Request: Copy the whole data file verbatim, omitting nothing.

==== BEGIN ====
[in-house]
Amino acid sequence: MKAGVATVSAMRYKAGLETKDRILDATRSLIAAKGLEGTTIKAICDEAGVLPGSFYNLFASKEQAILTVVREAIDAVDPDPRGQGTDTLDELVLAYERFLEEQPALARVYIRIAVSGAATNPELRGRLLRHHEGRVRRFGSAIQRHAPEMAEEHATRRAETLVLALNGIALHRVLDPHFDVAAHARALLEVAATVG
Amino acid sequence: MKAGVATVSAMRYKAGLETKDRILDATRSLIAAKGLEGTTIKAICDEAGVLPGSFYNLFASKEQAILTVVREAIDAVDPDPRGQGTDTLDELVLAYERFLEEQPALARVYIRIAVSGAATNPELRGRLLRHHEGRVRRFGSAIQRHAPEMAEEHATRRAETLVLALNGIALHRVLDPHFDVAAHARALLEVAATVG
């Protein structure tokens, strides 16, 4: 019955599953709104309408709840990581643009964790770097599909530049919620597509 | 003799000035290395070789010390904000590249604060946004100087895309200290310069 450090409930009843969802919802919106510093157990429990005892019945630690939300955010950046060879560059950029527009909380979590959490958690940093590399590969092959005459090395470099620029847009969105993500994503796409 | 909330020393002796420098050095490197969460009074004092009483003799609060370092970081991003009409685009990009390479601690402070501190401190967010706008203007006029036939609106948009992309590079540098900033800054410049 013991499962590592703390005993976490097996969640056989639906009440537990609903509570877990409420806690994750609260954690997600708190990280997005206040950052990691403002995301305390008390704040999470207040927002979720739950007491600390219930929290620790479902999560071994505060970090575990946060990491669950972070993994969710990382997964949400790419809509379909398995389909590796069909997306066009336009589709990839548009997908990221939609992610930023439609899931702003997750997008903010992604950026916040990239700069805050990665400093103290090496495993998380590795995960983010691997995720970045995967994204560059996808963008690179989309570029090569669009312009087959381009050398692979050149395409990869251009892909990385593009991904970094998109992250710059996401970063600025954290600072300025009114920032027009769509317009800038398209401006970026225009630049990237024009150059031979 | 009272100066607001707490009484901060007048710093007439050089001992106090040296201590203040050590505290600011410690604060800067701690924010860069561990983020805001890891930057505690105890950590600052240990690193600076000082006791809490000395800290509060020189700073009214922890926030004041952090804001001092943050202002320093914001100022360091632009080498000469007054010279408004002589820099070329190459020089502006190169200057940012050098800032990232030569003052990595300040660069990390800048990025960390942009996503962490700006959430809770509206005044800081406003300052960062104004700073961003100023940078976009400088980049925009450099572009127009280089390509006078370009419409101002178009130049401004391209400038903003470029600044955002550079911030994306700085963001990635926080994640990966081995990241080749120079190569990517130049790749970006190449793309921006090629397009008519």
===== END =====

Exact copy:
[in-house]
Amino acid sequence: MKAGVATVSAMRYKAGLETKDRILDATRSLIAAKGLEGTTIKAICDEAGVLPGSFYNLFASKEQAILTVVREAIDAVDPDPRGQGTDTLDELVLAYERFLEEQPALARVYIRIAVSGAATNPELRGRLLRHHEGRVRRFGSAIQRHAPEMAEEHATRRAETLVLALNGIALHRVLDPHFDVAAHARALLEVAATVG
Amino acid sequence: MKAGVATVSAMRYKAGLETKDRILDATRSLIAAKGLEGTTIKAICDEAGVLPGSFYNLFASKEQAILTVVREAIDAVDPDPRGQGTDTLDELVLAYERFLEEQPALARVYIRIAVSGAATNPELRGRLLRHHEGRVRRFGSAIQRHAPEMAEEHATRRAETLVLALNGIALHRVLDPHFDVAAHARALLEVAATVG
């Protein structure tokens, strides 16, 4: 019955599953709104309408709840990581643009964790770097599909530049919620597509 | 003799000035290395070789010390904000590249604060946004100087895309200290310069 450090409930009843969802919802919106510093157990429990005892019945630690939300955010950046060879560059950029527009909380979590959490958690940093590399590969092959005459090395470099620029847009969105993500994503796409 | 909330020393002796420098050095490197969460009074004092009483003799609060370092970081991003009409685009990009390479601690402070501190401190967010706008203007006029036939609106948009992309590079540098900033800054410049 013991499962590592703390005993976490097996969640056989639906009440537990609903509570877990409420806690994750609260954690997600708190990280997005206040950052990691403002995301305390008390704040999470207040927002979720739950007491600390219930929290620790479902999560071994505060970090575990946060990491669950972070993994969710990382997964949400790419809509379909398995389909590796069909997306066009336009589709990839548009997908990221939609992610930023439609899931702003997750997008903010992604950026916040990239700069805050990665400093103290090496495993998380590795995960983010691997995720970045995967994204560059996808963008690179989309570029090569669009312009087959381009050398692979050149395409990869251009892909990385593009991904970094998109992250710059996401970063600025954290600072300025009114920032027009769509317009800038398209401006970026225009630049990237024009150059031979 | 009272100066607001707490009484901060007048710093007439050089001992106090040296201590203040050590505290600011410690604060800067701690924010860069561990983020805001890891930057505690105890950590600052240990690193600076000082006791809490000395800290509060020189700073009214922890926030004041952090804001001092943050202002320093914001100022360091632009080498000469007054010279408004002589820099070329190459020089502006190169200057940012050098800032990232030569003052990595300040660069990390800048990025960390942009996503962490700006959430809770509206005044800081406003300052960062104004700073961003100023940078976009400088980049925009450099572009127009280089390509006078370009419409101002178009130049401004391209400038903003470029600044955002550079911030994306700085963001990635926080994640990966081995990241080749120079190569990517130049790749970006190449793309921006090629397009008519």